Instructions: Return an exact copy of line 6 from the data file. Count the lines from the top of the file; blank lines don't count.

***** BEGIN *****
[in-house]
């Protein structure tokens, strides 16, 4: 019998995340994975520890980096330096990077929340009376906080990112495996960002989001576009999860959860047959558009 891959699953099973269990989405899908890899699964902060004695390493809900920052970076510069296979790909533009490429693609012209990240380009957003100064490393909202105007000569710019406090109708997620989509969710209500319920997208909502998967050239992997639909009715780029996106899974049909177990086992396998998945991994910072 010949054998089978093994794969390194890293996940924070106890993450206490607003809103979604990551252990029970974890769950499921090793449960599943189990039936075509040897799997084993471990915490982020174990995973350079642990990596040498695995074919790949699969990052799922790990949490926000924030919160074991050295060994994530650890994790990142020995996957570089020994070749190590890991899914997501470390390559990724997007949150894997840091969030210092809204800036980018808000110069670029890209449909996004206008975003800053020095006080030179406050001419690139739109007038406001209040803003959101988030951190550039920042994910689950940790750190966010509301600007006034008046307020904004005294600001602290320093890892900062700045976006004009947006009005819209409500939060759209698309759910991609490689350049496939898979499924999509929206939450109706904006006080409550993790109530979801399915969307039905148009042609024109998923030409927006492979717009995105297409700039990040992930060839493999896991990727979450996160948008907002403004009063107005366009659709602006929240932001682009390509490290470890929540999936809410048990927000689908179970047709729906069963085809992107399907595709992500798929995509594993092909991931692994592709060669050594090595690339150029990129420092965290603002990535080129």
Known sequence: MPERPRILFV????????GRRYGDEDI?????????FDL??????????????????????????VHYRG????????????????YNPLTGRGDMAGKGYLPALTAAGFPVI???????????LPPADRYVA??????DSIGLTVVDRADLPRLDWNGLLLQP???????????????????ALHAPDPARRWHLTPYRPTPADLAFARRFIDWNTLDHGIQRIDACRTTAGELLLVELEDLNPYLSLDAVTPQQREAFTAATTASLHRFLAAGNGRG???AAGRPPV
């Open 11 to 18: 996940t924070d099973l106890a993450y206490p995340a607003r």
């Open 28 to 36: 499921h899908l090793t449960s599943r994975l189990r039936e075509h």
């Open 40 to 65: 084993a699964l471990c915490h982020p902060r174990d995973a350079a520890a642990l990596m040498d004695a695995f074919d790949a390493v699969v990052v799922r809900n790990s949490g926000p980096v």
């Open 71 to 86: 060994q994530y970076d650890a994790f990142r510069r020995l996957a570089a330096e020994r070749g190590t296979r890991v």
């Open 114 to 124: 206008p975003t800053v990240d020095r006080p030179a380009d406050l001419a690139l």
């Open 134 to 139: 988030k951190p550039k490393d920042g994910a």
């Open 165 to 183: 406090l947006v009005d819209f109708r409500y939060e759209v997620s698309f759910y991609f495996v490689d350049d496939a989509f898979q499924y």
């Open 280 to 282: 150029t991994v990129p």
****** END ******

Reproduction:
């Open 40 to 65: 084993a699964l471990c915490h982020p902060r174990d995973a350079a520890a642990l990596m040498d004695a695995f074919d790949a390493v699969v990052v799922r809900n790990s949490g926000p980096v």